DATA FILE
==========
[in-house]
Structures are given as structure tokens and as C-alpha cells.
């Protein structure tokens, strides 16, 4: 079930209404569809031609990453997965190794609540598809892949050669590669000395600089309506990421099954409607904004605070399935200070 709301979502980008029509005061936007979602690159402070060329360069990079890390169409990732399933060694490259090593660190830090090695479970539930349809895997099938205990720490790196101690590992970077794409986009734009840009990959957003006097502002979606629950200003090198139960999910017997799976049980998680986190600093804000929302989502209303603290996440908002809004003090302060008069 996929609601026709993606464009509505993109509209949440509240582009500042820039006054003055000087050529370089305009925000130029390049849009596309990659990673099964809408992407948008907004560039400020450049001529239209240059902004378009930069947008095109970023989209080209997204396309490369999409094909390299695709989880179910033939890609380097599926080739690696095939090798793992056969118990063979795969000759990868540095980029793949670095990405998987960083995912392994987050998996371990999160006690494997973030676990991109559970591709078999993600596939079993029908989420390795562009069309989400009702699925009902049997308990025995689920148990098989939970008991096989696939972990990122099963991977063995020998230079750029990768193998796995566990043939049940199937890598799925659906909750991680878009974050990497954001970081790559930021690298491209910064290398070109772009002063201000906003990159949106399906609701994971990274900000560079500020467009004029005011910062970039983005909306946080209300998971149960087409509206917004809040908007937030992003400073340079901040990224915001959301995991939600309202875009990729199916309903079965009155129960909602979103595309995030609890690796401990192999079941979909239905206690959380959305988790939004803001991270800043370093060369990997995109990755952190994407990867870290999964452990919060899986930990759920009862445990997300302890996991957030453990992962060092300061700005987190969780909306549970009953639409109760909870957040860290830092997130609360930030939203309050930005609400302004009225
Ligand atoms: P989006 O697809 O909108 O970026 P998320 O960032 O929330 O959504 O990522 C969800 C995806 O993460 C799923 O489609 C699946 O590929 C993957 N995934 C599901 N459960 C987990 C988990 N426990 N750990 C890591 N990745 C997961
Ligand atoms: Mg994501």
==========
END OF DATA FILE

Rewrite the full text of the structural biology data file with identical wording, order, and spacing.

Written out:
[in-house]
Structures are given as structure tokens and as C-alpha cells.
């Protein structure tokens, strides 16, 4: 079930209404569809031609990453997965190794609540598809892949050669590669000395600089309506990421099954409607904004605070399935200070 709301979502980008029509005061936007979602690159402070060329360069990079890390169409990732399933060694490259090593660190830090090695479970539930349809895997099938205990720490790196101690590992970077794409986009734009840009990959957003006097502002979606629950200003090198139960999910017997799976049980998680986190600093804000929302989502209303603290996440908002809004003090302060008069 996929609601026709993606464009509505993109509209949440509240582009500042820039006054003055000087050529370089305009925000130029390049849009596309990659990673099964809408992407948008907004560039400020450049001529239209240059902004378009930069947008095109970023989209080209997204396309490369999409094909390299695709989880179910033939890609380097599926080739690696095939090798793992056969118990063979795969000759990868540095980029793949670095990405998987960083995912392994987050998996371990999160006690494997973030676990991109559970591709078999993600596939079993029908989420390795562009069309989400009702699925009902049997308990025995689920148990098989939970008991096989696939972990990122099963991977063995020998230079750029990768193998796995566990043939049940199937890598799925659906909750991680878009974050990497954001970081790559930021690298491209910064290398070109772009002063201000906003990159949106399906609701994971990274900000560079500020467009004029005011910062970039983005909306946080209300998971149960087409509206917004809040908007937030992003400073340079901040990224915001959301995991939600309202875009990729199916309903079965009155129960909602979103595309995030609890690796401990192999079941979909239905206690959380959305988790939004803001991270800043370093060369990997995109990755952190994407990867870290999964452990919060899986930990759920009862445990997300302890996991957030453990992962060092300061700005987190969780909306549970009953639409109760909870957040860290830092997130609360930030939203309050930005609400302004009225
Ligand atoms: P989006 O697809 O909108 O970026 P998320 O960032 O929330 O959504 O990522 C969800 C995806 O993460 C799923 O489609 C699946 O590929 C993957 N995934 C599901 N459960 C987990 C988990 N426990 N750990 C890591 N990745 C997961
Ligand atoms: Mg994501």